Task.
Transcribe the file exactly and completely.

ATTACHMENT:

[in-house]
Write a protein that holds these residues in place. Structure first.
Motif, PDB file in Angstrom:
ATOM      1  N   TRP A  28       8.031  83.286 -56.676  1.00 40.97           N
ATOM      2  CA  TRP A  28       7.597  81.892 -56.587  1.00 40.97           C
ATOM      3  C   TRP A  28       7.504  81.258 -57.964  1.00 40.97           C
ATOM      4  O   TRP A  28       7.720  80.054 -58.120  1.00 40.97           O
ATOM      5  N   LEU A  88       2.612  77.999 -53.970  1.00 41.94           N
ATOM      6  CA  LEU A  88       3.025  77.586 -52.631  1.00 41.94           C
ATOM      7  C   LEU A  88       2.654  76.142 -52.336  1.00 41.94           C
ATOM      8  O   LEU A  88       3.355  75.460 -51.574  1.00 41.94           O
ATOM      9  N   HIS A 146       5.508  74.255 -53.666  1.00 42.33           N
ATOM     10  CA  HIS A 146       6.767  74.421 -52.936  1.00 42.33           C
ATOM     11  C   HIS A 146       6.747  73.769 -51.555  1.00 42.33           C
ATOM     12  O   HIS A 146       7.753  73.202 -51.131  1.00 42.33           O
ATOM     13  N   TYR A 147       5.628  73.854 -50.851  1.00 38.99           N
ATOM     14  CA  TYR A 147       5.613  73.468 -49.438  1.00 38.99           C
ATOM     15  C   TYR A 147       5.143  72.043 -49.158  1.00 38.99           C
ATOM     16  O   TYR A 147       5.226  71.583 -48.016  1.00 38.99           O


[in-house]
Write a protein that holds these residues in place. Structure first.
Motif, PDB file in Angstrom:
ATOM      1  N   TRP A  28       8.031  83.286 -56.676  1.00 40.97           N
ATOM      2  CA  TRP A  28       7.597  81.892 -56.587  1.00 40.97           C
ATOM      3  C   TRP A  28       7.504  81.258 -57.964  1.00 40.97           C
ATOM      4  O   TRP A  28       7.720  80.054 -58.120  1.00 40.97           O
ATOM      5  N   LEU A  88       2.612  77.999 -53.970  1.00 41.94           N
ATOM      6  CA  LEU A  88       3.025  77.586 -52.631  1.00 41.94           C
ATOM      7  C   LEU A  88       2.654  76.142 -52.336  1.00 41.94           C
ATOM      8  O   LEU A  88       3.355  75.460 -51.574  1.00 41.94           O
ATOM      9  N   HIS A 146       5.508  74.255 -53.666  1.00 42.33           N
ATOM     10  CA  HIS A 146       6.767  74.421 -52.936  1.00 42.33           C
ATOM     11  C   HIS A 146       6.747  73.769 -51.555  1.00 42.33           C
ATOM     12  O   HIS A 146       7.753  73.202 -51.131  1.00 42.33           O
ATOM     13  N   TYR A 147       5.628  73.854 -50.851  1.00 38.99           N
ATOM     14  CA  TYR A 147       5.613  73.468 -49.438  1.00 38.99           C
ATOM     15  C   TYR A 147       5.143  72.043 -49.158  1.00 38.99           C
ATOM     16  O   TYR A 147       5.226  71.583 -48.016  1.00 38.99           O